“An important finding from the review of the published literature performed to provide evidence for this guideline is that margin widths greater than 2 mm (approximately one-eighth of an inch) do not reduce the risk of cancer recurring in the breast in women with DCIS who are treated with lumpectomy and whole breast radiation therapy," Monica Morrow, MD, past president of SSO, panel co-chair, and chief of Breast Service in the Department of Surgery at Memorial Sloan Kettering Cancer Center, said in a statement.
In an October 2015 study published in Annals of Surgery,3 researchers aimed to evaluate the relationship between margin width and recurrence for breast conserving surgery in DCIS while adjusting for numerous other factors that affect recurrence while stratifying the use of radiation.
In the review, 2996 cases were identified, of which 363 recurred. The median follow-up for women without recurrence was 75 months (range, 0-30 years); 732 were studied for 10 years. Controlling for age, family history, presentation, nuclear grade, number of excisions, radiotherapy, endocrine therapy, and year of surgery, margin width was significantly associated with recurrence in the entire population.
Results showed that larger negative margins were associated with a lower hazard ratio compared with positive margins. An interaction between radiotherapy and margin width was significant (P <.03). While the association of recurrence with margin width was significant in those without radiotherapy (P <.0001), it was not for those with radiotherapy (P = .95).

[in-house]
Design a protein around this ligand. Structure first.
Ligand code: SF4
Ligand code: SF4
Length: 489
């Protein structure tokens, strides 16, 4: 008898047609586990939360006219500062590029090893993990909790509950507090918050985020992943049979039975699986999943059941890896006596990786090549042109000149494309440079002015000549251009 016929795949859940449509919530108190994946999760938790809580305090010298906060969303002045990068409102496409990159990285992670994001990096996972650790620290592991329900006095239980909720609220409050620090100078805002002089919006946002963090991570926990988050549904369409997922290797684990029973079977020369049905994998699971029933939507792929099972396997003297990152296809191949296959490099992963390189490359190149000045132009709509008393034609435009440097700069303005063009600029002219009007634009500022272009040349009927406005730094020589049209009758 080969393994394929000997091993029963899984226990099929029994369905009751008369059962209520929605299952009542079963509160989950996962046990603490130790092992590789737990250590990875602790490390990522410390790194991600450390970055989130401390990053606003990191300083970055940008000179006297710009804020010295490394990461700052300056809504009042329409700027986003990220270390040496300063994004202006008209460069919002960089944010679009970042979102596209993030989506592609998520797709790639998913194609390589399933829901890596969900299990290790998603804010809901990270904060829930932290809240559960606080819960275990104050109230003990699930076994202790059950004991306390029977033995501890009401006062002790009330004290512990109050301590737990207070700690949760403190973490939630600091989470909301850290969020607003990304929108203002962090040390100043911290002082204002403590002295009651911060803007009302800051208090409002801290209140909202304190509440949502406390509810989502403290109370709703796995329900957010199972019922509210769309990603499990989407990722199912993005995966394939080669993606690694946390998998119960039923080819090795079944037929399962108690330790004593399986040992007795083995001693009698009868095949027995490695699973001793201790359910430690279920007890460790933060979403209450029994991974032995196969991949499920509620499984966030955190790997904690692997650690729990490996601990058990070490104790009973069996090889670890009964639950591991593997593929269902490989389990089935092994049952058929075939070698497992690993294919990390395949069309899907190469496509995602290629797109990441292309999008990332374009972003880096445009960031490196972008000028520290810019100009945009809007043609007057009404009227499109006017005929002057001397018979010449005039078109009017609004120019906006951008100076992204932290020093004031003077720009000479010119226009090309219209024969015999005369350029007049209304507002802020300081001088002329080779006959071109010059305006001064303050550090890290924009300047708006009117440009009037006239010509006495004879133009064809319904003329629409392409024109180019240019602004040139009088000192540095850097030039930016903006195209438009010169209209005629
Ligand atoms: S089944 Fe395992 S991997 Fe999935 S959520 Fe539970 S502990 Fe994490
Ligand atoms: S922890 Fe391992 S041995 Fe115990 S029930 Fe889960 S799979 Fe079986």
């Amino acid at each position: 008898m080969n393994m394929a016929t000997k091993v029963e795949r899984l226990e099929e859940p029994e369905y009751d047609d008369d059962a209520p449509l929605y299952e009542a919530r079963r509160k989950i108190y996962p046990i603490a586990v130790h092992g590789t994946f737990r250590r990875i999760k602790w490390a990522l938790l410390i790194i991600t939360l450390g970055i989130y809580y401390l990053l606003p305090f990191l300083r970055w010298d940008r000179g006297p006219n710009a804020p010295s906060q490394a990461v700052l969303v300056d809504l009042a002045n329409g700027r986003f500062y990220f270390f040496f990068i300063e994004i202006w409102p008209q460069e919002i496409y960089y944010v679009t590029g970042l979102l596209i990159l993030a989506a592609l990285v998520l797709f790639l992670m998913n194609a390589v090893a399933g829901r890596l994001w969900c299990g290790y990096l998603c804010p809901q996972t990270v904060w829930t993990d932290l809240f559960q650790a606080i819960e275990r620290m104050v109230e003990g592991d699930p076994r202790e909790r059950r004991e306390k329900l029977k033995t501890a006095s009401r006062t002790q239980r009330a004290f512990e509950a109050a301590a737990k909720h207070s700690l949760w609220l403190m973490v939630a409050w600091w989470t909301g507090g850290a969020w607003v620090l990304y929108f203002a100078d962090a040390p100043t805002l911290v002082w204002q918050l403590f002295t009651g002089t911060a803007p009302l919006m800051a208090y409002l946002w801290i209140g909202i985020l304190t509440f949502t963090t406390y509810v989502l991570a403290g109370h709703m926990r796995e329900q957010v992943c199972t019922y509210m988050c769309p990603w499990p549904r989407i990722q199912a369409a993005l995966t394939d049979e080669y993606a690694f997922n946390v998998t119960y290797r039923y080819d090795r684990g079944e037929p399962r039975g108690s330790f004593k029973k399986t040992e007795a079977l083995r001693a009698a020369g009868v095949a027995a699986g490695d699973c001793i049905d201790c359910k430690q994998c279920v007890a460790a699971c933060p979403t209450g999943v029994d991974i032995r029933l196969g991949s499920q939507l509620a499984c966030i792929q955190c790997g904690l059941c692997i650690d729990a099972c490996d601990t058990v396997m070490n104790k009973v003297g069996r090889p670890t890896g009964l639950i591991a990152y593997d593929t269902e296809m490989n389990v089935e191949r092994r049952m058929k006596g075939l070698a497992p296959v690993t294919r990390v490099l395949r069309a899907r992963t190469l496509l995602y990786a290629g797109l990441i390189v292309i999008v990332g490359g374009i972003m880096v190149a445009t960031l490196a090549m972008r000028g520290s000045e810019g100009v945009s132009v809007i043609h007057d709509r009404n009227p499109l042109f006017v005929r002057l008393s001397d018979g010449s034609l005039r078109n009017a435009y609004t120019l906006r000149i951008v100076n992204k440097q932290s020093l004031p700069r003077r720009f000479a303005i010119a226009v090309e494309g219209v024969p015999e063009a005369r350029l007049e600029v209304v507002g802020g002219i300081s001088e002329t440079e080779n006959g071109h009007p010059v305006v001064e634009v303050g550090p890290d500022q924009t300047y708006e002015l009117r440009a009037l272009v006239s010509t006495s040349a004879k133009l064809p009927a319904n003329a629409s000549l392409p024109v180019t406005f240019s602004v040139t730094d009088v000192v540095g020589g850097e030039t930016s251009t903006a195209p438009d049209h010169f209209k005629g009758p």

Approximately 1 in 3 patients with DCIS who receive surgical treatment undergo a re-excision, partly due to the lack of consensus on what constitutes an adequate negative margin, the organizations said in their statement. Re-excisions can be associated with a cause for patients having double mastectomies, as well as added discomfort and stress, surgical complications, compromise in cosmetic outcome, and increased healthcare costs.
“With this guideline, it is our two-pronged goal to help physicians improve the quality of care they provide to women undergoing surgery for DCIS and ultimately improve outcomes for those patients,” Mariana Chavez-MacGregor, MD, a panel member representing ASCO, and an assistant professor in the Department of Health Services Research, Division of Cancer Prevention, The University of Texas MD Anderson Cancer Center, in a statement. “We hope the guideline also translates into peace of mind for women who will know that future surgeries may not be needed.”
The new guideline, which has also been endorsed by the American Society of Breast Surgeons, is said to assist physicians who struggle with margin width in patients with DCIS. In light of the consensus, patients who have negative margins are encouraged to discuss with their surgeons why, if applicable, a re-excision is necessary.
“This important cooperative guideline generated by these societies involved a multidisciplinary panel of surgical, medical and radiation oncologists, as well as pathologists and statistical experts,” said Bruce G. Haffty, MD, a past chair of ASTRO’s board of directors, and chairman, associate director of the Rutgers Cancer Institute of New Jersey, in a statement. “While the guideline appropriately allows for some flexibility and clinical judgment in interpretation, the conclusion that a 2-mm margin width is adequate in patients with DCIS will be helpful and reassuring to clinicians and patients in clinical decision-making."